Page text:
CBS blackout means Dish customers could miss Thanksgiving NFL games
Almost 4 million subscribers to USA’s Dish Network, the satellite television service, risk being unable to watch selected NFL American football matches over the Thanksgiving period as a result of a dispute between Dish and CBS, the national network that owns local stations across the country, plus cable channels CBS Sports Network, Smithsonian Channel and Pop.
The dispute over carriage fees means that Dish customers in New York, Chicago, Dallas, Philadelphia, Miami, San Francisco, Denver and other markets have been hit by a blackout of the CBS channels. A total of 28 local channels in 18 markets across 26 states are affected.
CBS, which is set to broadcast a game between the LA Chargers and the Dallas Cowboys on Thanksgiving Day this Thursday, said: “Dish subscribers are in jeopardy of being without CBS over the Thanksgiving holiday, which would mean they would miss CBS Sports' NFL and SEC football coverage.”
Dish blamed the blackouts on a demand by CBS for a 40-per-cent hike in carriage fees, with Warren Schlichting, Dish’s executive vice-president of marketing, programming and media sales, telling the Los Angeles Times: “We thought we were making good progress. But then late [Monday] night, CBS stopped talking and wouldn’t accept our offer for an extension.”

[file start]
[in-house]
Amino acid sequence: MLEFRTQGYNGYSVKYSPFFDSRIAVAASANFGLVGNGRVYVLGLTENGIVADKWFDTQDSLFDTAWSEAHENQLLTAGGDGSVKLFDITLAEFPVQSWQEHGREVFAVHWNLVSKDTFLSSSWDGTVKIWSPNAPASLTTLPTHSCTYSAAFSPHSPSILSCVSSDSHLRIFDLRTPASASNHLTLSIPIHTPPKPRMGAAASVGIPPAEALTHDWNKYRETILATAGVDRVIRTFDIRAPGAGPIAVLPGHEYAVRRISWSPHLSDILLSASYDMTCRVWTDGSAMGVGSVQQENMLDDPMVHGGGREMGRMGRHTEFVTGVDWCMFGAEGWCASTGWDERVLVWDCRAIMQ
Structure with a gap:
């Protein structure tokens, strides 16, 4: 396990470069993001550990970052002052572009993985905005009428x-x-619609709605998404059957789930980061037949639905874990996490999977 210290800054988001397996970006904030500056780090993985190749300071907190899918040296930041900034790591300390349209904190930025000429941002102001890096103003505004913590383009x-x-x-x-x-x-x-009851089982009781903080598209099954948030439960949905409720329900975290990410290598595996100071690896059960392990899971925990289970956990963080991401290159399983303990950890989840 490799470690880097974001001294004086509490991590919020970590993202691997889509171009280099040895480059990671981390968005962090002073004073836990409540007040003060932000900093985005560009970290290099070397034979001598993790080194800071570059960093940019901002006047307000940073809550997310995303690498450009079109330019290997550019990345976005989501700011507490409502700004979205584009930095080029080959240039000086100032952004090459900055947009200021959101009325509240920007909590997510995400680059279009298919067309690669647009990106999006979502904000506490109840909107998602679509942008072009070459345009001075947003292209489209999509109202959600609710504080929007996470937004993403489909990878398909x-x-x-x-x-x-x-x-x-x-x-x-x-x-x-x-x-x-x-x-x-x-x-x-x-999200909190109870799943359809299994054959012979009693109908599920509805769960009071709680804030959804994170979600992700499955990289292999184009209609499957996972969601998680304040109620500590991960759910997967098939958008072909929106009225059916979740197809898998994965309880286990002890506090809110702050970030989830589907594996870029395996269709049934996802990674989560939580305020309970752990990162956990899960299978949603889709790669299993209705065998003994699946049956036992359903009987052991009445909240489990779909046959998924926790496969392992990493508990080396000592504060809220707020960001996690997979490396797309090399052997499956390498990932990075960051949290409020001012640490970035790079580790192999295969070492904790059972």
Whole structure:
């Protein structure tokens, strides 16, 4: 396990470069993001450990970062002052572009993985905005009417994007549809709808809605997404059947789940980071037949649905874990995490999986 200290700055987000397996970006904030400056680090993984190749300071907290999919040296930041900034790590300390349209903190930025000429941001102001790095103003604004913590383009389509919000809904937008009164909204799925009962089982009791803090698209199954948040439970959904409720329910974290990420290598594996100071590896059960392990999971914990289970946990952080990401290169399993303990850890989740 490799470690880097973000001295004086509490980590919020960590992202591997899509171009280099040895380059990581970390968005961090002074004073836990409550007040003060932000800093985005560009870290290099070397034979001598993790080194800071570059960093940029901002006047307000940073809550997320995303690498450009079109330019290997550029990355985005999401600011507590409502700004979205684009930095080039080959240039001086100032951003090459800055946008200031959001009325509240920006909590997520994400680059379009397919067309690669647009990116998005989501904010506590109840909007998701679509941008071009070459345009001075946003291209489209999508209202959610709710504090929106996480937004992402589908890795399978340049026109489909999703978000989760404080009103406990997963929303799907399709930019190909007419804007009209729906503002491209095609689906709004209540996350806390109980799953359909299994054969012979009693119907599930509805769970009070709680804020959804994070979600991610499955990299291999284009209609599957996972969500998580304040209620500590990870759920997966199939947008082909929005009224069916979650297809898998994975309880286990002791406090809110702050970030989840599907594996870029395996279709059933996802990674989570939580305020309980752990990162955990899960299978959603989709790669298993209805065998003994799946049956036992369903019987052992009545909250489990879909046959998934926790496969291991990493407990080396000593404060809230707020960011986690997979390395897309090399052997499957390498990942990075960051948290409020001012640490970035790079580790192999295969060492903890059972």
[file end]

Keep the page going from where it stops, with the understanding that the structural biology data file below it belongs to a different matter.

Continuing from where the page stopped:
Dish retaliated by offering to install over-the-air antenna for customers and promising to reduce subscribers’ bills by $10 a month if they agreed to drop the local TV stations from their line-up.
In a statement it claimed that Dish customers are “watching less CBS,” with average viewership for the network down 20 per cent over the last three years.
However, in August, Joe Ianniello, CBS’ chief financial officer, told investors: “CBS, as a stand-alone network, generates over 10 per cent of the total ratings across the entire television landscape, including all of cable and broadcast. However, today, we are only getting 2 per cent of the distribution fees. So you can see why we’re so confident in the upside here.”